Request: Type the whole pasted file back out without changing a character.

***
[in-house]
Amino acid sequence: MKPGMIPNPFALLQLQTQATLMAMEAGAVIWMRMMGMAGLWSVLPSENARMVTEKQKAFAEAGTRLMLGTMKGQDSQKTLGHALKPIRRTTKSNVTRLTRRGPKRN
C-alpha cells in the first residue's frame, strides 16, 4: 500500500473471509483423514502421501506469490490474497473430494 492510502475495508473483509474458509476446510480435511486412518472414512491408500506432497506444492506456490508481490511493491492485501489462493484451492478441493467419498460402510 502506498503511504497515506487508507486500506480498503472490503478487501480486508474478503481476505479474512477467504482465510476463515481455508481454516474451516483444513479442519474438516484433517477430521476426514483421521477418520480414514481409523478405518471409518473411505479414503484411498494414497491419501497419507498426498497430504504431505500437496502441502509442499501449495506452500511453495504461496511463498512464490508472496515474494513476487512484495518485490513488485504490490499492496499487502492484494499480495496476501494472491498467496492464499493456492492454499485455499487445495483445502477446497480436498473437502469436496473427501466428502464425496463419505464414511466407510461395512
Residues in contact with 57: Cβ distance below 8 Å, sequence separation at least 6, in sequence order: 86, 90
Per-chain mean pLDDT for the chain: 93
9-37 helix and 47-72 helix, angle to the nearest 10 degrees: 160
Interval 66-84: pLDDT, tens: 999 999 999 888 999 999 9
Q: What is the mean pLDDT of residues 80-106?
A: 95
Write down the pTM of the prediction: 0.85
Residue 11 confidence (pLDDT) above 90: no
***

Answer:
[in-house]
Amino acid sequence: MKPGMIPNPFALLQLQTQATLMAMEAGAVIWMRMMGMAGLWSVLPSENARMVTEKQKAFAEAGTRLMLGTMKGQDSQKTLGHALKPIRRTTKSNVTRLTRRGPKRN
C-alpha cells in the first residue's frame, strides 16, 4: 500500500473471509483423514502421501506469490490474497473430494 492510502475495508473483509474458509476446510480435511486412518472414512491408500506432497506444492506456490508481490511493491492485501489462493484451492478441493467419498460402510 502506498503511504497515506487508507486500506480498503472490503478487501480486508474478503481476505479474512477467504482465510476463515481455508481454516474451516483444513479442519474438516484433517477430521476426514483421521477418520480414514481409523478405518471409518473411505479414503484411498494414497491419501497419507498426498497430504504431505500437496502441502509442499501449495506452500511453495504461496511463498512464490508472496515474494513476487512484495518485490513488485504490490499492496499487502492484494499480495496476501494472491498467496492464499493456492492454499485455499487445495483445502477446497480436498473437502469436496473427501466428502464425496463419505464414511466407510461395512
Residues in contact with 57: Cβ distance below 8 Å, sequence separation at least 6, in sequence order: 86, 90
Per-chain mean pLDDT for the chain: 93
9-37 helix and 47-72 helix, angle to the nearest 10 degrees: 160
Interval 66-84: pLDDT, tens: 999 999 999 888 999 999 9
Q: What is the mean pLDDT of residues 80-106?
A: 95
Write down the pTM of the prediction: 0.85
Residue 11 confidence (pLDDT) above 90: no